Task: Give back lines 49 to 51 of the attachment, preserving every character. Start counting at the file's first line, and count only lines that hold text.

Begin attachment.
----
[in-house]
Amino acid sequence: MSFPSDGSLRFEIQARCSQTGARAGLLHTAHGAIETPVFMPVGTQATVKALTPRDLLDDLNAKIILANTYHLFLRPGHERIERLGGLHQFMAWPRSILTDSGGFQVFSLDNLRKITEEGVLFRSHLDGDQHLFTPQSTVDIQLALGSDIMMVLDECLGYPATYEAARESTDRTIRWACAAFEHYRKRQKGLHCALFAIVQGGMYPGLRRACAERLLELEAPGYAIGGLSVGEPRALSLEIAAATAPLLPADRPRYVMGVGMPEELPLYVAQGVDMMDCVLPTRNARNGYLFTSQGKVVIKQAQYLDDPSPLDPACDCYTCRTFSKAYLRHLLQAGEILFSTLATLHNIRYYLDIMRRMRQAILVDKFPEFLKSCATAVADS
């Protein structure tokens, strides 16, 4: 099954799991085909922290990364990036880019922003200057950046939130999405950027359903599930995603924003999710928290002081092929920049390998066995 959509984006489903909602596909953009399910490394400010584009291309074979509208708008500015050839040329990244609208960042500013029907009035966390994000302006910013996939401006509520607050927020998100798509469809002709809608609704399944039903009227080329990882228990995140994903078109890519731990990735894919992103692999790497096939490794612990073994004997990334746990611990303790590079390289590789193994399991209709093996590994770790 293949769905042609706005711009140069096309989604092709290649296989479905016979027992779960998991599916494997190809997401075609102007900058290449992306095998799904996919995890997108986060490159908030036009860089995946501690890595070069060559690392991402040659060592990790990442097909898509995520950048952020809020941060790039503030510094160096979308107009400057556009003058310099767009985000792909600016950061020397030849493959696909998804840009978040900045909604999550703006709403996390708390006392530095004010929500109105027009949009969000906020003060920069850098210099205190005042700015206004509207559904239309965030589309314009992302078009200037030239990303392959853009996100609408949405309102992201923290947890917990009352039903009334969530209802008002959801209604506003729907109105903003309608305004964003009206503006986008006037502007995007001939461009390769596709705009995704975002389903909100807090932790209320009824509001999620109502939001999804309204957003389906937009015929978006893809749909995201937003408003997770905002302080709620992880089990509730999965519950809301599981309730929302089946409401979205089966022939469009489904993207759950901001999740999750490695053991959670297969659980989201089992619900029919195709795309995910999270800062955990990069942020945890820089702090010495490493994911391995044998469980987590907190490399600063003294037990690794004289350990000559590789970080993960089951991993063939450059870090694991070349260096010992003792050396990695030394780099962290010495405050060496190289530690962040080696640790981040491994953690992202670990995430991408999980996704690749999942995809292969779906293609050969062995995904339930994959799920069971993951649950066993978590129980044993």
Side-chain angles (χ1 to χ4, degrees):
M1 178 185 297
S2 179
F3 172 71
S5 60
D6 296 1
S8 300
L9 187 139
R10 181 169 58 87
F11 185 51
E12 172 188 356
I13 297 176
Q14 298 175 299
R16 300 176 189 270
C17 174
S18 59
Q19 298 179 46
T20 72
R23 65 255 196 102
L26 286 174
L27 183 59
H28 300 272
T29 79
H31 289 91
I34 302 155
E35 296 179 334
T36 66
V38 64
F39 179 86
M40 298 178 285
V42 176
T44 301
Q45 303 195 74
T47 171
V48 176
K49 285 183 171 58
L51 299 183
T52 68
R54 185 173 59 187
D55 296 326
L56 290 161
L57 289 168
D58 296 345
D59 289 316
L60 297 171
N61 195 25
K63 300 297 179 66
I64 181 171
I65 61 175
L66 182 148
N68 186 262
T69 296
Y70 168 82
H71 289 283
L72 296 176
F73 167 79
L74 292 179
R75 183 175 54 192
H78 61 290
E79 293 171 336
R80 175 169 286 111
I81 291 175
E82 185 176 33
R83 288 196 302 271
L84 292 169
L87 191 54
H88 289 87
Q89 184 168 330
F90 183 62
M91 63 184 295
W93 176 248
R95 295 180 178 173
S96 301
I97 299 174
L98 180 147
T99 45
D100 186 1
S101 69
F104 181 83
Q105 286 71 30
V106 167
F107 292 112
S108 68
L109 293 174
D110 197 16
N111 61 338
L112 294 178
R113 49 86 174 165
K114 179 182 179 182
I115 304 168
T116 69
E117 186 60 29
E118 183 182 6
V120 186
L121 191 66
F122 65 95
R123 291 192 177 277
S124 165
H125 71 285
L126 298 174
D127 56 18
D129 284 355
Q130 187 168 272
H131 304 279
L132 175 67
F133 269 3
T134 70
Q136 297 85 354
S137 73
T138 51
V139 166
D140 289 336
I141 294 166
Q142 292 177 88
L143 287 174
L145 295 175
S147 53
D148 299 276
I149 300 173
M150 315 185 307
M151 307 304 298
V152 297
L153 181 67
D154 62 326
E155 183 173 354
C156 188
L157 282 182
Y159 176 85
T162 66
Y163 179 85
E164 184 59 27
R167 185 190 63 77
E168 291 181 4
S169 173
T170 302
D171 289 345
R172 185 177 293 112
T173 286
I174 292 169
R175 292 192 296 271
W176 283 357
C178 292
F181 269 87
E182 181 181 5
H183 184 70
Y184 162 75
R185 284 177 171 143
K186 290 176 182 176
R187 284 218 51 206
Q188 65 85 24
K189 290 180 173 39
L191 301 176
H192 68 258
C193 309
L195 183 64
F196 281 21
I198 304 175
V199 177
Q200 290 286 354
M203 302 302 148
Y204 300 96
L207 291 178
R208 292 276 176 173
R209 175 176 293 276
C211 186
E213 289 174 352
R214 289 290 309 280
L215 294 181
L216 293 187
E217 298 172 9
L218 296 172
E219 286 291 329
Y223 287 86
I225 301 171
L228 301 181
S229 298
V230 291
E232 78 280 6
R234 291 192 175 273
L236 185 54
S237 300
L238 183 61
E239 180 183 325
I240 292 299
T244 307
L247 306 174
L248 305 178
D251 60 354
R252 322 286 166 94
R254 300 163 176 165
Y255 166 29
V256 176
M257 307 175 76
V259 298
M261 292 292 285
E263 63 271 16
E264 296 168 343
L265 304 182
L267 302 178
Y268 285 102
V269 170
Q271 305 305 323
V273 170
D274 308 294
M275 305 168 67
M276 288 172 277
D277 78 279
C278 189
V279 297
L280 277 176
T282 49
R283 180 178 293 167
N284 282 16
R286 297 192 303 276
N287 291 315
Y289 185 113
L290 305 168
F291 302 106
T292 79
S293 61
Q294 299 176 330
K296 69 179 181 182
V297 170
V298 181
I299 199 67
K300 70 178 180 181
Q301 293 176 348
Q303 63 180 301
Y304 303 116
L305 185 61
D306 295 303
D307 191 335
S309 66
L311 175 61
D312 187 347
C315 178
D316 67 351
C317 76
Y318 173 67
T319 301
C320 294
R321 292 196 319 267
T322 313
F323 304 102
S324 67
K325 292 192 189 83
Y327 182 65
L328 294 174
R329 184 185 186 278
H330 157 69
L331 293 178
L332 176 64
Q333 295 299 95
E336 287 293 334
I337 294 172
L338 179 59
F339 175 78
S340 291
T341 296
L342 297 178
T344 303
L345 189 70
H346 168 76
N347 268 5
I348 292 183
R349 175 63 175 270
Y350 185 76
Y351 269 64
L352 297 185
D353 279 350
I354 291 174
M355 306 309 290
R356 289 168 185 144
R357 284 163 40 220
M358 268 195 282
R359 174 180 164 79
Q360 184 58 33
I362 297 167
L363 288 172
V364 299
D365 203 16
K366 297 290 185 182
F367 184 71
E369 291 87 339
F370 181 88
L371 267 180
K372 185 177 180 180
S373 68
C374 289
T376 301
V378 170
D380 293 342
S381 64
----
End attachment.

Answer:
N61 195 25
K63 300 297 179 66
I64 181 171